Vodacom quietly kills off video streaming service

Vodacom has quietly pulled the plug on its on-demand video streaming service, Video Play.

MyBroadband learnt of the service’s shutdown from a disappointed Video Play user over the weekend.

The user sent a screenshot from the Video Play app with a notification informing customers that Vodacom would terminate the service at the end of June 2022.

“Please take note that as of 30 June 2022, this service will no longer be available,” the message stated.

“You can continue watching free videos on Video Play until such time. Thank you for your support,” it added.

The user called the decision “sad news”, as Vodacom had recently made the service free.

MyBroadband found the service’s Android and iOS mobile apps were no longer available on the Google Play Store and Apple App Store.

The Video Play website was also unavailable, presenting the visitor with an HTTP Error 403 Forbidden message.

MyBroadband asked Vodacom why the apps and website were unavailable but did not immediately receive feedback to our queries.

Screenshot informing Vodacom Video Play users of the service’s shutdown.

Vodacom launched the Video Play service in August 2015, initially offering only a handful of videos from eNCA, eTV, Urban Brew, and MobiTV.

The original app used spare network capacity to download and cache selected content during low-demand periods. This came at a reduced cost to the subscriber.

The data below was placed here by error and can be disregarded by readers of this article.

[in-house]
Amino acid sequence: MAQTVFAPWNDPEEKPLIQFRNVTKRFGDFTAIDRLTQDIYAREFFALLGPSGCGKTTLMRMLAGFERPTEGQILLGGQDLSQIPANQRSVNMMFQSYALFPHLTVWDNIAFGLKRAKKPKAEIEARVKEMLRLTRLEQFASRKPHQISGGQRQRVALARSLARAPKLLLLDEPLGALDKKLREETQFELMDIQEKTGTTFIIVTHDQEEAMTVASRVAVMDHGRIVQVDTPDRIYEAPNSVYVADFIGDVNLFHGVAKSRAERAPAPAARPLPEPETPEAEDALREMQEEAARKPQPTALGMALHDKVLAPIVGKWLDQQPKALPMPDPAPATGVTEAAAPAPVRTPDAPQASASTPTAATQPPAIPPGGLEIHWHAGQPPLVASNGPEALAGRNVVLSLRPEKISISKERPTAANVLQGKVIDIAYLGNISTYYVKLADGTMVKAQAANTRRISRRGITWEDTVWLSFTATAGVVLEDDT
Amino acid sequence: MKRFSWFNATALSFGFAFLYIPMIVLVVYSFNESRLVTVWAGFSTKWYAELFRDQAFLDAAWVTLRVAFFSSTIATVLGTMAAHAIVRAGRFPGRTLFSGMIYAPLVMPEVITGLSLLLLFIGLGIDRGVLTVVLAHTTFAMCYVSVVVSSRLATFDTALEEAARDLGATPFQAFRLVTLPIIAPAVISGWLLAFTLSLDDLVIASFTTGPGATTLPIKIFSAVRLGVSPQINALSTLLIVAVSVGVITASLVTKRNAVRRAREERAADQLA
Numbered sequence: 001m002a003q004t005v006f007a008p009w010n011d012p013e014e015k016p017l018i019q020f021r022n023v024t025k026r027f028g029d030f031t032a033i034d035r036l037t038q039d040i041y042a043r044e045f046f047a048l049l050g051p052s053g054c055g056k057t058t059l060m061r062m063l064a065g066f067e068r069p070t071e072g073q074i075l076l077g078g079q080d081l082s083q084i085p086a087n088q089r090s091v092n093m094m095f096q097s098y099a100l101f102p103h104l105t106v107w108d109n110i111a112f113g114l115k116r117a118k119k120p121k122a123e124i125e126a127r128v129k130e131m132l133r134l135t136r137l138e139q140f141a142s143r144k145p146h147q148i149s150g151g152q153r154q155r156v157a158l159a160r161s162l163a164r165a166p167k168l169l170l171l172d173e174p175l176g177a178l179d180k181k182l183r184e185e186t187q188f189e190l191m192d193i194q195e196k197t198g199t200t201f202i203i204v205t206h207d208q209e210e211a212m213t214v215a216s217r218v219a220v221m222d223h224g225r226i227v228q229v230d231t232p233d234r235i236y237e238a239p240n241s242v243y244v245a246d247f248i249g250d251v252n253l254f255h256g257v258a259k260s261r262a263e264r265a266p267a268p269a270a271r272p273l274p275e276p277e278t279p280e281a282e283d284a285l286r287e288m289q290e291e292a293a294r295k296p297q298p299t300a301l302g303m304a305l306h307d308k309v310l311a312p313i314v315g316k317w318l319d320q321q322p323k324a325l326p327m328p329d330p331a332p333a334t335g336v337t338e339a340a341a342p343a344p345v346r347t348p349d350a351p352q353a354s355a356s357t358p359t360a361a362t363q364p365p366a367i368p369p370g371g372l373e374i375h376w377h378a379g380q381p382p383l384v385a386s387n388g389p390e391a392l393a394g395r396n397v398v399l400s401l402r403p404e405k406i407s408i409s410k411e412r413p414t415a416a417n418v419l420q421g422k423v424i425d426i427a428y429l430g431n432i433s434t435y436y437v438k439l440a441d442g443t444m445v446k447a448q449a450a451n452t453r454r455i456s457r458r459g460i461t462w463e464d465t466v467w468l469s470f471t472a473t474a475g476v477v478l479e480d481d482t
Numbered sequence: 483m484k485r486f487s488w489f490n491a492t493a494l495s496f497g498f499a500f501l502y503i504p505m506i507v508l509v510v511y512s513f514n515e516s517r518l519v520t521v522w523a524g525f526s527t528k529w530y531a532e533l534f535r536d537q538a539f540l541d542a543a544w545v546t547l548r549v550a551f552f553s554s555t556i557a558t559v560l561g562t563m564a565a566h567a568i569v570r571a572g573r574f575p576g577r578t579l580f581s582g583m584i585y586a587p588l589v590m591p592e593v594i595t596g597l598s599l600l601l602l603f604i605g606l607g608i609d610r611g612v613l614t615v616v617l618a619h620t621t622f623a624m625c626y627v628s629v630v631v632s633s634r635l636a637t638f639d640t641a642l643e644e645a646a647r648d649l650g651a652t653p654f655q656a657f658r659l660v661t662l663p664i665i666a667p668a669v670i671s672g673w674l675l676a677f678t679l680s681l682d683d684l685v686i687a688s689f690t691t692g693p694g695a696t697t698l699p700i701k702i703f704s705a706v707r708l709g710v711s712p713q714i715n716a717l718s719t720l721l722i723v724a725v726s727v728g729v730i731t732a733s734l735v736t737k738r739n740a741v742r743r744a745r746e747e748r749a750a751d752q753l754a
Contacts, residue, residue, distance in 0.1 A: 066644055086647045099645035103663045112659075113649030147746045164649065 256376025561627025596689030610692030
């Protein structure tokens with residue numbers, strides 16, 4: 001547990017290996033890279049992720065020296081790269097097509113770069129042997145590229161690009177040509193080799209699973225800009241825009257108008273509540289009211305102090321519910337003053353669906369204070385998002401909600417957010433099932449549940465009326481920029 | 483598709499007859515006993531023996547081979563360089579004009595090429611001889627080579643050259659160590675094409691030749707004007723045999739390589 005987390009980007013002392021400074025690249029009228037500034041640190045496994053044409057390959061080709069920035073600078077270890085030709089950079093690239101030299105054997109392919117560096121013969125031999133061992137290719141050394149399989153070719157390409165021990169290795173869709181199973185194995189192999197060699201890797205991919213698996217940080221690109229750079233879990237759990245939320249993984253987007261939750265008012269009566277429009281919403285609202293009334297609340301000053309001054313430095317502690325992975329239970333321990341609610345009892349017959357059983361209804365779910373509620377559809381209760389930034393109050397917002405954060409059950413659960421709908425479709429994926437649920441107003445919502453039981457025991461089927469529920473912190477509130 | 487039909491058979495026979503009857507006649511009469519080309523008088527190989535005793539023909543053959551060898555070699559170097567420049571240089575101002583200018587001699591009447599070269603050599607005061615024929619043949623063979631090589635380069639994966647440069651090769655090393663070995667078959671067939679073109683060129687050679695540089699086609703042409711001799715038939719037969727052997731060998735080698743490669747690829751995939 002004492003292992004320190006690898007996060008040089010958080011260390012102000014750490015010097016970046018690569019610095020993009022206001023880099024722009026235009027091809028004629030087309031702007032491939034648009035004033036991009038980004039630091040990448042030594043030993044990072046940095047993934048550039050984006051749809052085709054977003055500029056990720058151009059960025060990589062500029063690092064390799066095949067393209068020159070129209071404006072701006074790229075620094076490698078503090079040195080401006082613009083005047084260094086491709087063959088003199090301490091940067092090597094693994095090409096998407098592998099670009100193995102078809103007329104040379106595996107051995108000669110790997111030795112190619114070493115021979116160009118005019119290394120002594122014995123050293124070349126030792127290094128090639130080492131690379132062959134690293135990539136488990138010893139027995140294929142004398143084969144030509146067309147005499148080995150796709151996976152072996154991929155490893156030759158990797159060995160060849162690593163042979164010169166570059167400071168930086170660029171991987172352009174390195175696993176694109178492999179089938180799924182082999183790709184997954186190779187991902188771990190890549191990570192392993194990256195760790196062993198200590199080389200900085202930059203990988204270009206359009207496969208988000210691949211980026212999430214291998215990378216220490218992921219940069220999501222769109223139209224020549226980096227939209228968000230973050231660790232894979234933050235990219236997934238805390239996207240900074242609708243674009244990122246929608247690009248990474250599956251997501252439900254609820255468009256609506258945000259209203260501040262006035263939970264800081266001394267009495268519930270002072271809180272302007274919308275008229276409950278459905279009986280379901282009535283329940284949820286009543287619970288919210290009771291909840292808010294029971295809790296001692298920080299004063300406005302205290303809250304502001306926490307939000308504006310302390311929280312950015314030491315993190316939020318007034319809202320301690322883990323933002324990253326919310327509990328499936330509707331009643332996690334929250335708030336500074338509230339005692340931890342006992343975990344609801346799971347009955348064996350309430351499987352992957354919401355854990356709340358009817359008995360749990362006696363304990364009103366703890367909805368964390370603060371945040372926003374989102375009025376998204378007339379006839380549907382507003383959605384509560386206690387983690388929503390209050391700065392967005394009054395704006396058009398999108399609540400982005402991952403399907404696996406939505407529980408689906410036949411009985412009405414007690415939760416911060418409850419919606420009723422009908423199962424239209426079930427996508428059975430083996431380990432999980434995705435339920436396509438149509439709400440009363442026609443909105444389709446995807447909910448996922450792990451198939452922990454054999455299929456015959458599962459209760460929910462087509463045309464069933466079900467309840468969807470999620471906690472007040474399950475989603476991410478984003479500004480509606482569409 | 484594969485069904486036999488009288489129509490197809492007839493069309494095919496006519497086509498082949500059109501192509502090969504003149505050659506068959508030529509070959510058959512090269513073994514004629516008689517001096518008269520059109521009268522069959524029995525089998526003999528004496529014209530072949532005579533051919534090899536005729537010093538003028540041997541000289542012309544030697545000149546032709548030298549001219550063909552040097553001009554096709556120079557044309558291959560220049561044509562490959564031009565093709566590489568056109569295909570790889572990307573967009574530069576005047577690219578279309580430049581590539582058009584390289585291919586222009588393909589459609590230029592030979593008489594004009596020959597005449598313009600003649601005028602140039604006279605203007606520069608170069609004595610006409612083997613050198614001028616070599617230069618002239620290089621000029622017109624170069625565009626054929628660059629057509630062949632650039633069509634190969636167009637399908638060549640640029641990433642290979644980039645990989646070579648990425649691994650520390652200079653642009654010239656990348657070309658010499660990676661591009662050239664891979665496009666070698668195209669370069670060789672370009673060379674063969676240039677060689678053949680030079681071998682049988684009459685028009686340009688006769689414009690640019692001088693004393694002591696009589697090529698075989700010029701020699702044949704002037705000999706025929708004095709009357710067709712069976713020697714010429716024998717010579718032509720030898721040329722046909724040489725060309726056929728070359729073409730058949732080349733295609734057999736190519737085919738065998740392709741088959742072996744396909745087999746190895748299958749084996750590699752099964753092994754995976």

Customers had to buy a prepaid bundle of minutes within the app to use the service.

Vodacom later switched the service to a subscription-based model that offered daily, weekly, or monthly access to the catalogue for R25, R40, or R99, respectively.

According to Vodacom’s annual results for its 2018/2019 financial year, the service had racked up an impressive 869,000 active users by the end of March 2019.

It grew its library to include several big-ticket international movies and TV shows, at one point reaching 9,000 titles.

Notably, it was the first streaming service in South Africa to offer the Zack Snyder cut of The Justice League.

Another one bites the dust

Video Play is not the only local video streaming service from a mobile network operator to get axed, although it has lasted longer than its rivals.

MTN previously offered its VU subscription streaming service, initially launched as MTN FrontRow in December 2014.

It was initially available at a monthly price of R179 but reduced to R119 and then R99 to better compete with Showmax and Netflix.

VU was shut down in May 2017, less than two and a half years after launching, as it failed to gain much traction.

Cell C’s Black suffered a similar fate in December 2019, barely two years after it launched.

Initially punted as the operator’s vision for the “future of entertainment”, Cell C CEO Douglas Craigie Stevenson later admitted launching the service as a potential contender to the likes of Netflix was “crazy”.

It cost the operator a monumental R1.5 billion, contributing significantly to its financial woes.

Telkom still offers its TelkomONE platform, which was launched as part of a collaboration with the SABC in November 2020.

The operator previously told MyBroadband that the service’s performance had exceeded its expectations.

MTN recently also teamed up with eMedia as the technology partner for its eVOD streaming service.

This allows its customers to pay for their eVOD subscription using MTN airtime.


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Vodacom quietly kills off video streaming service